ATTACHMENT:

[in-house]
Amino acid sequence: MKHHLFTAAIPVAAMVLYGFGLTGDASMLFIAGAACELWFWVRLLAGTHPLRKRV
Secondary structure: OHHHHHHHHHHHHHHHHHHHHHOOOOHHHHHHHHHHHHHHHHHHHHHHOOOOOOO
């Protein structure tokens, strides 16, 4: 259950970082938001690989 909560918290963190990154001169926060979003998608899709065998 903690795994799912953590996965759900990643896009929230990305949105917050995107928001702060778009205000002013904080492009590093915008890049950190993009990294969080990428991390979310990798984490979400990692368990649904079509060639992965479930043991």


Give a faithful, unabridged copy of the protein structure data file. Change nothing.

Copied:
[in-house]
Amino acid sequence: MKHHLFTAAIPVAAMVLYGFGLTGDASMLFIAGAACELWFWVRLLAGTHPLRKRV
Secondary structure: OHHHHHHHHHHHHHHHHHHHHHOOOOHHHHHHHHHHHHHHHHHHHHHHOOOOOOO
């Protein structure tokens, strides 16, 4: 259950970082938001690989 909560918290963190990154001169926060979003998608899709065998 903690795994799912953590996965759900990643896009929230990305949105917050995107928001702060778009205000002013904080492009590093915008890049950190993009990294969080990428991390979310990798984490979400990692368990649904079509060639992965479930043991």